1. Tissue is excised and immersed in fixative at 4°C as quickly as possible. If tissues have a minimum dimension > 5 mm, then slices of this width are prepared. This ensures that over the fixation period of 4-24 h (time dependent on the size of the tissue and on the antigen) all regions of the tissue are adequately fixed, and the antigen is retained uniformly.
2. Following fixation with paraformaldehyde, the tissue is washed in PBS prior to dehydration with IMS using a series of 50, 70, and 90%, and three absolute IMS changes (30 min each).
3. If the tissue is fixed with acid-ethanol, it can be immediately transferred to absolute alcohol.
4. From the final alcohol change, tissues are transferred to a mixture of polyester wax and alcohol (50:50) at 40°C and subsequently to a 75:25 mixture before changing to 100% wax. Infiltration times are dependent on the size of the tissue, but for the size recommended above, 2 h in each of the mixtures and 4 h (2 changes) in wax should suffice. For larger pieces of tissue, the infiltration times should be extended accordingly. However, it should be remembered that the longer the tissue remains at 40°C, the greater is the risk of antigen loss. Extended infiltration (>24 h) also encourages hardening of tissue, which makes sectioning more difficult.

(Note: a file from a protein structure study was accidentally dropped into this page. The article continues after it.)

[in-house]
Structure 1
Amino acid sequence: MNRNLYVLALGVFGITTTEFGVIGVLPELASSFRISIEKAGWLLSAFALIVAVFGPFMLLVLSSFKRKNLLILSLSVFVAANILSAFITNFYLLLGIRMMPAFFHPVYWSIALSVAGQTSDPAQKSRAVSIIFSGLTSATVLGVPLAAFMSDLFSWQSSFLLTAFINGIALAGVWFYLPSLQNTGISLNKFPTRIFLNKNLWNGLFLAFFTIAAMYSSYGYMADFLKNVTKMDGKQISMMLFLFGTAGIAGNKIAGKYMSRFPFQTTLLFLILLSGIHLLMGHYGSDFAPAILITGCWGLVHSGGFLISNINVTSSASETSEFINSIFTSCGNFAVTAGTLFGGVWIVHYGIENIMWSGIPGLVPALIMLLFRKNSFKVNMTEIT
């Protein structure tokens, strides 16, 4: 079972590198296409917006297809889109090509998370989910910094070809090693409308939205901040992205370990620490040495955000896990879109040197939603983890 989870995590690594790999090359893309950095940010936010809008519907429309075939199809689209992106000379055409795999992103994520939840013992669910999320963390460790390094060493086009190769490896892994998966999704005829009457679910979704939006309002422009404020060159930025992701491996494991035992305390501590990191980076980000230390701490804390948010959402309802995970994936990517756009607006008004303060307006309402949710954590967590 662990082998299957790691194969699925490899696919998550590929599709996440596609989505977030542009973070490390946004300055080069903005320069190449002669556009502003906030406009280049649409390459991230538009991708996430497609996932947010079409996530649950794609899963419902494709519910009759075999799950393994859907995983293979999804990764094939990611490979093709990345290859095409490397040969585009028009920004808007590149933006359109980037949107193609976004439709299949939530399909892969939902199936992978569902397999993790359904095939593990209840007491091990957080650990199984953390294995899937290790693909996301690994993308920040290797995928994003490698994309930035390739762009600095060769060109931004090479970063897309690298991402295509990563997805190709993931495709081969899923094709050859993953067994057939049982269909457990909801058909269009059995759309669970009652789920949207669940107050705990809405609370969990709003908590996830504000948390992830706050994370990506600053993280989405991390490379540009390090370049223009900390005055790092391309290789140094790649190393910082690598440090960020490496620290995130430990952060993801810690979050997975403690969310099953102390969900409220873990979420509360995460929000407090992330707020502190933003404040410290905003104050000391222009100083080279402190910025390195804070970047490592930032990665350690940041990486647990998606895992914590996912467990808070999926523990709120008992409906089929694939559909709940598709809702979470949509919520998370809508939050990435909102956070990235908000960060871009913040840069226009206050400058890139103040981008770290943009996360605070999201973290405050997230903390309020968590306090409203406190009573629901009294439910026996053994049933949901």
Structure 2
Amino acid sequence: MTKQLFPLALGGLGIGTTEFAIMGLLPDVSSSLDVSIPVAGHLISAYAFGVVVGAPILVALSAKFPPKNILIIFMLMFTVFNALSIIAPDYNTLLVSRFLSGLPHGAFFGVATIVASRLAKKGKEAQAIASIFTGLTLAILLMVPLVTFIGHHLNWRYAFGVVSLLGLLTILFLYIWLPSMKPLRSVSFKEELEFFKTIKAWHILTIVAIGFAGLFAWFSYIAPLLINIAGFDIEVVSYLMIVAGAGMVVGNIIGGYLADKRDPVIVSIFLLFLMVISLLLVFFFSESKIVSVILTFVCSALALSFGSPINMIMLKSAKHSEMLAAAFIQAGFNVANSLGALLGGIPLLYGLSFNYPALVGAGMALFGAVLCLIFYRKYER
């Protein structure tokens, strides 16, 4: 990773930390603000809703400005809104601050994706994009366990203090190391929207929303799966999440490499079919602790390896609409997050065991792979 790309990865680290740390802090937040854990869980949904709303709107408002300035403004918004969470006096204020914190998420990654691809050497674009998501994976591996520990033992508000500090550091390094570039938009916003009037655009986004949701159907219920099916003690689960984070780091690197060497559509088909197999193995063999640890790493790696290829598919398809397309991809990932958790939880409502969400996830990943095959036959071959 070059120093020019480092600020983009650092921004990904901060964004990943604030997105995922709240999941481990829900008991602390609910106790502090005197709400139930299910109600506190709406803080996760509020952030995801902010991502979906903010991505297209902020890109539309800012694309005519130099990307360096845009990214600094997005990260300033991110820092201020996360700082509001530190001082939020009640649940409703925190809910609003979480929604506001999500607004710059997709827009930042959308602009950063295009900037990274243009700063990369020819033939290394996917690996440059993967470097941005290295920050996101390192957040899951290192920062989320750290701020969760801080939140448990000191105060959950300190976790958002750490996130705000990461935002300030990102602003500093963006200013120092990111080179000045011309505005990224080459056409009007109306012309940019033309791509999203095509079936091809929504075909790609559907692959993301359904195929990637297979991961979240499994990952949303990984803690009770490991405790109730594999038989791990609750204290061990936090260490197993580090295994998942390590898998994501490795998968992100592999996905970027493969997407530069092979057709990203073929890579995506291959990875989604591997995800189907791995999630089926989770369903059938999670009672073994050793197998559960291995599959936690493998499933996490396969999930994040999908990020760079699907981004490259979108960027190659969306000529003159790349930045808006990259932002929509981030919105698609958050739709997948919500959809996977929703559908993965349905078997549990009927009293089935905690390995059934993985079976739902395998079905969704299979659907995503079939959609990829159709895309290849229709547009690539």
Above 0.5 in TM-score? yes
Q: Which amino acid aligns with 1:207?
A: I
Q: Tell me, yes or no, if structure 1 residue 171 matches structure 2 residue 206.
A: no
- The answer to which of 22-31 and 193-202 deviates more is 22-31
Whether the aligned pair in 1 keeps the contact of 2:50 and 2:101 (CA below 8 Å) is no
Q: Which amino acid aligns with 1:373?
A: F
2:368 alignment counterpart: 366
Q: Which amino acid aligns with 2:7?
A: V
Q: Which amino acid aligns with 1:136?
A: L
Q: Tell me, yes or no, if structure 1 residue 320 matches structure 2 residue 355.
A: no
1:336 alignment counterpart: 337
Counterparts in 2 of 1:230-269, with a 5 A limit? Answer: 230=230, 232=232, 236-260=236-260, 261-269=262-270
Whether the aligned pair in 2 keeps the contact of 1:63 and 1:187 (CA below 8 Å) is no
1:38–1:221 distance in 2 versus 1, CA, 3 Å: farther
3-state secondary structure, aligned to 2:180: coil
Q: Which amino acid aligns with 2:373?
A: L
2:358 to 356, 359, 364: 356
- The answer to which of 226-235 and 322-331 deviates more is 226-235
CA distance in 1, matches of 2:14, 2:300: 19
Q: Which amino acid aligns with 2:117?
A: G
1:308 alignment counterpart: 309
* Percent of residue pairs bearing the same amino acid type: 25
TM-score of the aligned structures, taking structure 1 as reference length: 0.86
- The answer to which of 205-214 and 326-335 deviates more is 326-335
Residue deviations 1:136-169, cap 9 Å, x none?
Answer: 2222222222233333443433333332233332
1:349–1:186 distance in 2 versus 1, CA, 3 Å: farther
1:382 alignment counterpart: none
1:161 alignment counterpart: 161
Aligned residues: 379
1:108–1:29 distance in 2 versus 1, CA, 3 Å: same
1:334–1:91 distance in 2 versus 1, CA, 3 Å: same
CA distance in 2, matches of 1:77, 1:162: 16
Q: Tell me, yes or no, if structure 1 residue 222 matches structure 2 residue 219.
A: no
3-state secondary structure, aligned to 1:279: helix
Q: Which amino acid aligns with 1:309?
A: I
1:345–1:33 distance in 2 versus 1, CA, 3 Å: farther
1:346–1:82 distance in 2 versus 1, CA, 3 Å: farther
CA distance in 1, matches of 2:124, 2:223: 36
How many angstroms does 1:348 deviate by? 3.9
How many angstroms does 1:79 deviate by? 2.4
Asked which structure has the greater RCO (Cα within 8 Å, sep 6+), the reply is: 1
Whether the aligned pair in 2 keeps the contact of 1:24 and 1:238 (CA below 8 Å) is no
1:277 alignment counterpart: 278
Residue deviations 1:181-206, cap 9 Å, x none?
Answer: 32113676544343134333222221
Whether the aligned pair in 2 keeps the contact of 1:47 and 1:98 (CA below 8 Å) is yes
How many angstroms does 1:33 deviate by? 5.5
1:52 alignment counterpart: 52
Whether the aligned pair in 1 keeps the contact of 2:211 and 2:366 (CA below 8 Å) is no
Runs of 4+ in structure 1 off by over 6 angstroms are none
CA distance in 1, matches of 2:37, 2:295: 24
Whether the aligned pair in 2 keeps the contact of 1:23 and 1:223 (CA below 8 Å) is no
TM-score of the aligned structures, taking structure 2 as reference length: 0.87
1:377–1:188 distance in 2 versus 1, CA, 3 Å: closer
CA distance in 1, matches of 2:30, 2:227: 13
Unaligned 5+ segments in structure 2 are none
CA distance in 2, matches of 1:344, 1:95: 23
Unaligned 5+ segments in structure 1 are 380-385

5. Following infiltration, tissue is blocked out and allowed to set at room temperature.
6. Blocks are best stored at 4°C.
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